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Bioengineered miniature structures could prevent heart failure

February 4, 2015 4:10 pm | by Medical College of Wisconsin | News | Comments

The delivery of tiny biodegradable microstructures to heart tissue damaged by heart attack may help repair the tissue and prevent future heart failure. A team led by cardiovascular researchers at the Medical College of Wisconsin bioengineered the microstructures to be the same size, shape and stiffness as adult heart muscle cells, or cardiomyocytes, with the goal of releasing biologically active peptides that act as cardioprotective agents.

Scientists call for antibody “bar code” system to follow Human Genome Project

February 4, 2015 4:05 pm | by Nancy Ambrosiano, Los Alamos National Laboratory | News | Comments

More than 100 researchers from around the world have collaborated to craft a request that could fundamentally alter how the antibodies used in research are identified, a project potentially on the scale of the now-completed Human Genome Project.

Microscopy technique allows mapping protein synthesis in living tissues, animals

February 4, 2015 3:06 pm | by Jessica Guenzel, Columbia Univ. | News | Comments

Researchers at Columbia Univ. have made a significant step toward visualizing complex protein metabolism in living systems with high resolution and minimum disturbance, a longstanding goal in the scientific community. In a recent study, the research team has reported a light microscopy method to image where the new proteins are produced and where the old proteins are degraded inside living tissues and animals.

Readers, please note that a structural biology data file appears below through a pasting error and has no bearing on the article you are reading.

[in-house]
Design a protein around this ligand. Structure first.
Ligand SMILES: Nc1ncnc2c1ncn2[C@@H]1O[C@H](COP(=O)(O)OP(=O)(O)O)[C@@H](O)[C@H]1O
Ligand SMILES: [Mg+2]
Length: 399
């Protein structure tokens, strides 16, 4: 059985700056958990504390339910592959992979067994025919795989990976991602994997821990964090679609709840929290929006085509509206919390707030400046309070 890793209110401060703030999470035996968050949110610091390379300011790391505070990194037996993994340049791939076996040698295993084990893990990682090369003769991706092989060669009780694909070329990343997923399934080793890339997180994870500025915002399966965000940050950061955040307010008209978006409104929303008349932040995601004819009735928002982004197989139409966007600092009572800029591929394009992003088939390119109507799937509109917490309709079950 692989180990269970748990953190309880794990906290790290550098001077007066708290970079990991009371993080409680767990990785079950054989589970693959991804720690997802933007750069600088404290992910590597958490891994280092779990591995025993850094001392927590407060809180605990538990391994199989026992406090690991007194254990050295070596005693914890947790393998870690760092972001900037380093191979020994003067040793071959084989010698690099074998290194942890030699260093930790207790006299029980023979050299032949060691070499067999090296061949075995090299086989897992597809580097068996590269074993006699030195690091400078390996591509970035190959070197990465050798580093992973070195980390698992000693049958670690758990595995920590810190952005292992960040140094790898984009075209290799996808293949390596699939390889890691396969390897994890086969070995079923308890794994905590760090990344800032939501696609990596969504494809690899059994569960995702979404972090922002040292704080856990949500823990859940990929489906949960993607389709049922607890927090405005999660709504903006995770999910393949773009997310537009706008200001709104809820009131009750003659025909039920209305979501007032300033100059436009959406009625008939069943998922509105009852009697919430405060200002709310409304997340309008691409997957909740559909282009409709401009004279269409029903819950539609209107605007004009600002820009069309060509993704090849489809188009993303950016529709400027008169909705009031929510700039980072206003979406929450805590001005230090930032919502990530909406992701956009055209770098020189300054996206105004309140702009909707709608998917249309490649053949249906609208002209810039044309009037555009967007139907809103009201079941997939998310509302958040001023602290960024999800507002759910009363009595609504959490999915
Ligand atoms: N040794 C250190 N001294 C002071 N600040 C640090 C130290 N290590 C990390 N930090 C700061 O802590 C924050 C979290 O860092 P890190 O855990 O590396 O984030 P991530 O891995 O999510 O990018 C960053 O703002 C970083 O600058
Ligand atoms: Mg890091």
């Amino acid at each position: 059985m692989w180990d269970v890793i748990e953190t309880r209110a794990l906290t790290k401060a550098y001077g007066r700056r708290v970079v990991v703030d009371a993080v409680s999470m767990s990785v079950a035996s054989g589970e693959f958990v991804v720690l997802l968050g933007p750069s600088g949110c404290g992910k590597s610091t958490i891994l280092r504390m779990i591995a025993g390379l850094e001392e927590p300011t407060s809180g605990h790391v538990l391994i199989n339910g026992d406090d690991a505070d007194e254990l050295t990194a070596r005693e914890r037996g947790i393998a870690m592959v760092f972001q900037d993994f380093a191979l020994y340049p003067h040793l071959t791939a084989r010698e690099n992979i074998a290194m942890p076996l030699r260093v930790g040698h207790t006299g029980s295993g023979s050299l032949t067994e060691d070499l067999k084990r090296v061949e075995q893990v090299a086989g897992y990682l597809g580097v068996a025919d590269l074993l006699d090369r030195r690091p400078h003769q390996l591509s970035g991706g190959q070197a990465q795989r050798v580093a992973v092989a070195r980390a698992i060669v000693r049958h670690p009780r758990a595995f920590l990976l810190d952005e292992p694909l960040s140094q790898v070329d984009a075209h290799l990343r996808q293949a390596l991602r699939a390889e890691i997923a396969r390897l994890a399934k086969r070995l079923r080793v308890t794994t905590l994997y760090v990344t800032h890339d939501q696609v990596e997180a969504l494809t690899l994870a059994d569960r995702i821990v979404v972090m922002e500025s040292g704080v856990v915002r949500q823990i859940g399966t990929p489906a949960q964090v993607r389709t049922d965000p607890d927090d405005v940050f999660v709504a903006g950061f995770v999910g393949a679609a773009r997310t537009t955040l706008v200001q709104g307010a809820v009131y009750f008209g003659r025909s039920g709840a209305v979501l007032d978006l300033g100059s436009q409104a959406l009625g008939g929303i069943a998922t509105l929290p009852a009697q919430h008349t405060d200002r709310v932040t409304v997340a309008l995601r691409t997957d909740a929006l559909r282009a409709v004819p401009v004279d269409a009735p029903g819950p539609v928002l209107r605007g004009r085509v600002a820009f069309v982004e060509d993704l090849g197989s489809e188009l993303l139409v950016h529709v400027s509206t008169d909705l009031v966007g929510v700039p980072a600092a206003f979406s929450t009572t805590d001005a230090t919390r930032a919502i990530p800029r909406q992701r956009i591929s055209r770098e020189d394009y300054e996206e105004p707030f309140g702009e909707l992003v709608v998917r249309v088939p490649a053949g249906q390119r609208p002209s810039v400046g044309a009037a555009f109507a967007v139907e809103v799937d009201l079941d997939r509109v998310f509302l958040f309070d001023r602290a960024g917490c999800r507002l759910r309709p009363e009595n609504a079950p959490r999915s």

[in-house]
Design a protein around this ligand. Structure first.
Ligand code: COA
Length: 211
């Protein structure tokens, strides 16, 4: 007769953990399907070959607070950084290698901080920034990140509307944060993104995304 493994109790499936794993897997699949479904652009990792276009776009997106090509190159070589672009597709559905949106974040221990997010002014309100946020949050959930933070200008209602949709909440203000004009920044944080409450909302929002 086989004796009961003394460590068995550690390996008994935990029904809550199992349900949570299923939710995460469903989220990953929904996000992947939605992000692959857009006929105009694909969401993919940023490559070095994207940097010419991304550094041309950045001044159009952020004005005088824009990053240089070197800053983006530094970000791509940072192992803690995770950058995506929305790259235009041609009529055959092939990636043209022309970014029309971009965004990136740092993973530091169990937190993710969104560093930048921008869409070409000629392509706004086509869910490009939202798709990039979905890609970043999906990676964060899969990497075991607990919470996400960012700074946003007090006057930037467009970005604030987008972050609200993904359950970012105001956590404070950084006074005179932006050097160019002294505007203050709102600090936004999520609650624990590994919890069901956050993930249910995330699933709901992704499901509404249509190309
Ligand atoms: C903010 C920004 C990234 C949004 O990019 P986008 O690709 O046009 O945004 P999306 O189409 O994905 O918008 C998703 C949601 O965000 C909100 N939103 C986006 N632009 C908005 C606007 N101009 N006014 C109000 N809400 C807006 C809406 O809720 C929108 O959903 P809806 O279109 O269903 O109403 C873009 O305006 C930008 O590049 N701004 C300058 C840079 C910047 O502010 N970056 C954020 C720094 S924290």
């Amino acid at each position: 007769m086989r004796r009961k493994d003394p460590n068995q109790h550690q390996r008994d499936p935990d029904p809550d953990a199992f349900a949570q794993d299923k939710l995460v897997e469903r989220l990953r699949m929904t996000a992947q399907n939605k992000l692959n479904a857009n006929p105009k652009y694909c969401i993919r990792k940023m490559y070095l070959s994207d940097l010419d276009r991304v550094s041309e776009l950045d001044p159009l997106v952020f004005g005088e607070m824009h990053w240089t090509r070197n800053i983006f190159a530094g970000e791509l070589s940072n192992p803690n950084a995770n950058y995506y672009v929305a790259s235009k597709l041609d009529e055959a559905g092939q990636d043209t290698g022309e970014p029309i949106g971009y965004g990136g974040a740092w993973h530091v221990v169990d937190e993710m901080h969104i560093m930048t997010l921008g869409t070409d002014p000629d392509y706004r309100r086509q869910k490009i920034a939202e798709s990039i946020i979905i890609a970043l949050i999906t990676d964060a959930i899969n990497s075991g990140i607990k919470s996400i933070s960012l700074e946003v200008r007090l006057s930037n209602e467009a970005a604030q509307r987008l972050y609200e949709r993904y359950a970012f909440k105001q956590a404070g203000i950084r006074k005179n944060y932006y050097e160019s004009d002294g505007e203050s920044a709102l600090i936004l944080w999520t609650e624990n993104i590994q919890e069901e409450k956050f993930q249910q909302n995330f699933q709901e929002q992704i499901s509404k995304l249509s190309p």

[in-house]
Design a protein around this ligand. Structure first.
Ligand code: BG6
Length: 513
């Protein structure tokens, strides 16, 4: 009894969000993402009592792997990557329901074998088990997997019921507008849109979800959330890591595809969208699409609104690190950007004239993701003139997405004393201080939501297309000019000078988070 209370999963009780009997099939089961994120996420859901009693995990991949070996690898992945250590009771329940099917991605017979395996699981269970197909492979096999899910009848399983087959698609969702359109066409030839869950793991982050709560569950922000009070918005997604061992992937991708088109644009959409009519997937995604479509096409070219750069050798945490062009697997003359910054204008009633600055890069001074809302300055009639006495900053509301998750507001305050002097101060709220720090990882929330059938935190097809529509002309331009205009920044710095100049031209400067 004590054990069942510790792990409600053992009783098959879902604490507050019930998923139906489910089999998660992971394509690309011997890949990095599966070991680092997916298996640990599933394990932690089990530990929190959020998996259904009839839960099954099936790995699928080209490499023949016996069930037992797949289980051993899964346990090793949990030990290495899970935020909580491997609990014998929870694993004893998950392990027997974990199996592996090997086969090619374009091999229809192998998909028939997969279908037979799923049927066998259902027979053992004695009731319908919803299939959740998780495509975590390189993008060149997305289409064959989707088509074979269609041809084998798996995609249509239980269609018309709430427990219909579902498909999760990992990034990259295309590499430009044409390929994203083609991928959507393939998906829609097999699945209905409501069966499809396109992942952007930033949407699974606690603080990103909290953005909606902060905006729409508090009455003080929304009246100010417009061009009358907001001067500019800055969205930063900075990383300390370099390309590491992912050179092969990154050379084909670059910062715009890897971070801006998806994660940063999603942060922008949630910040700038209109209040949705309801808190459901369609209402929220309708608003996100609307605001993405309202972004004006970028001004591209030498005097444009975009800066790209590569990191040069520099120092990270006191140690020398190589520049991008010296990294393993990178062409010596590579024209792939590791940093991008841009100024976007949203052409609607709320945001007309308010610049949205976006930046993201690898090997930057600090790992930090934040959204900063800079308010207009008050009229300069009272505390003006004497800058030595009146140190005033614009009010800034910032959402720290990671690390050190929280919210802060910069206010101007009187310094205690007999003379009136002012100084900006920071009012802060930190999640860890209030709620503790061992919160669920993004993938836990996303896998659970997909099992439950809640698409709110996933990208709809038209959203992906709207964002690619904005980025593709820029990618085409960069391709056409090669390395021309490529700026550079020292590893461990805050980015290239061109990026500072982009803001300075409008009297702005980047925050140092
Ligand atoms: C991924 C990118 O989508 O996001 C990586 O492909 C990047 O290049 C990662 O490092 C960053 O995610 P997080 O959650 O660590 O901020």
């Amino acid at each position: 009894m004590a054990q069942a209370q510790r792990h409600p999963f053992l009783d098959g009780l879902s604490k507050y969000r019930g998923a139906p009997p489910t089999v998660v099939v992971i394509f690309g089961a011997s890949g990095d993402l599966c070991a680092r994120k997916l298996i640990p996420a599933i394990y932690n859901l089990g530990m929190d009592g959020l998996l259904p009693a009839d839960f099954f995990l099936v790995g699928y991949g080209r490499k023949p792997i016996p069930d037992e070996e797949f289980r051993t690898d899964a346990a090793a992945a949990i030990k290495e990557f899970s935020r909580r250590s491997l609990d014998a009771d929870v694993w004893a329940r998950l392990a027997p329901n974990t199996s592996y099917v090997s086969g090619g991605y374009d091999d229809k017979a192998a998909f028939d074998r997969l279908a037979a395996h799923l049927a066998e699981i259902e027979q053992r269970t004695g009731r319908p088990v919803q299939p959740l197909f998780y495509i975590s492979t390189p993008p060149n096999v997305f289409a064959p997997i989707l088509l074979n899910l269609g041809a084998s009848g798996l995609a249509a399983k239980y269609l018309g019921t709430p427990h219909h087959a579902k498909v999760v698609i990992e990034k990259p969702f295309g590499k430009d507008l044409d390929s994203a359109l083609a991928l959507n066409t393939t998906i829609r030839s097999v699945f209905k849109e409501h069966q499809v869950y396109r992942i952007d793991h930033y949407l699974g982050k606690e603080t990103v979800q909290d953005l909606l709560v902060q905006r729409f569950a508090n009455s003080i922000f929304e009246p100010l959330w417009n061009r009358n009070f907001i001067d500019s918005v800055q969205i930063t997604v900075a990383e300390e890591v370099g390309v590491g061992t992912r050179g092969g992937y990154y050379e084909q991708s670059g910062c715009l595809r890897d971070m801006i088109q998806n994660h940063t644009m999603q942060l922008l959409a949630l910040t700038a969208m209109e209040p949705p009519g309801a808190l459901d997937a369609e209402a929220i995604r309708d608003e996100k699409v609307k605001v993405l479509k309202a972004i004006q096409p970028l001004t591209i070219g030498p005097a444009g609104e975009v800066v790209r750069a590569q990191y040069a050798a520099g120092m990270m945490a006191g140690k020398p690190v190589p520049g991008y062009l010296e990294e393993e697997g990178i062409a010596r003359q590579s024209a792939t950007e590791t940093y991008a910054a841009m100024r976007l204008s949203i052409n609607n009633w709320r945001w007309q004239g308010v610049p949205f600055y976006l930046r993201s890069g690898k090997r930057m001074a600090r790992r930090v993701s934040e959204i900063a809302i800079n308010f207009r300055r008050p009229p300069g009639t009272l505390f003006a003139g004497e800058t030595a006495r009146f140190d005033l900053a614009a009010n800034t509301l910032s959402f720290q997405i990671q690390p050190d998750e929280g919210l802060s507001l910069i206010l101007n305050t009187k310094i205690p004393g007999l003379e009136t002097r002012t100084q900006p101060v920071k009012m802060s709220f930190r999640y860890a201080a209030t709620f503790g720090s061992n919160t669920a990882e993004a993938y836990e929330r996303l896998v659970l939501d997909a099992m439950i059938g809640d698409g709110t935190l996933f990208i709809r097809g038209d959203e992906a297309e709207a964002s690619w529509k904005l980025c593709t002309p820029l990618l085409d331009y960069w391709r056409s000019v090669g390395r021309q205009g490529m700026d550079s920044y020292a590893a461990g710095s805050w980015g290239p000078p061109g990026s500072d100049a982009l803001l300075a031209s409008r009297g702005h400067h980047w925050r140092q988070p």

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How the brain ignores distractions

February 4, 2015 10:18 am | by David Orenstein, Brown Univ. | News | Comments

When we concentrate on something, we also engage in the unsung, parallel act of purposefully ignoring other things. A new study describes how the brain may achieve such “optimal inattention.” With this knowledge, scientists at Brown Univ. hope they can harness our power to ignore.

Tiny robotic hands could improve cancer diagnostics, drug delivery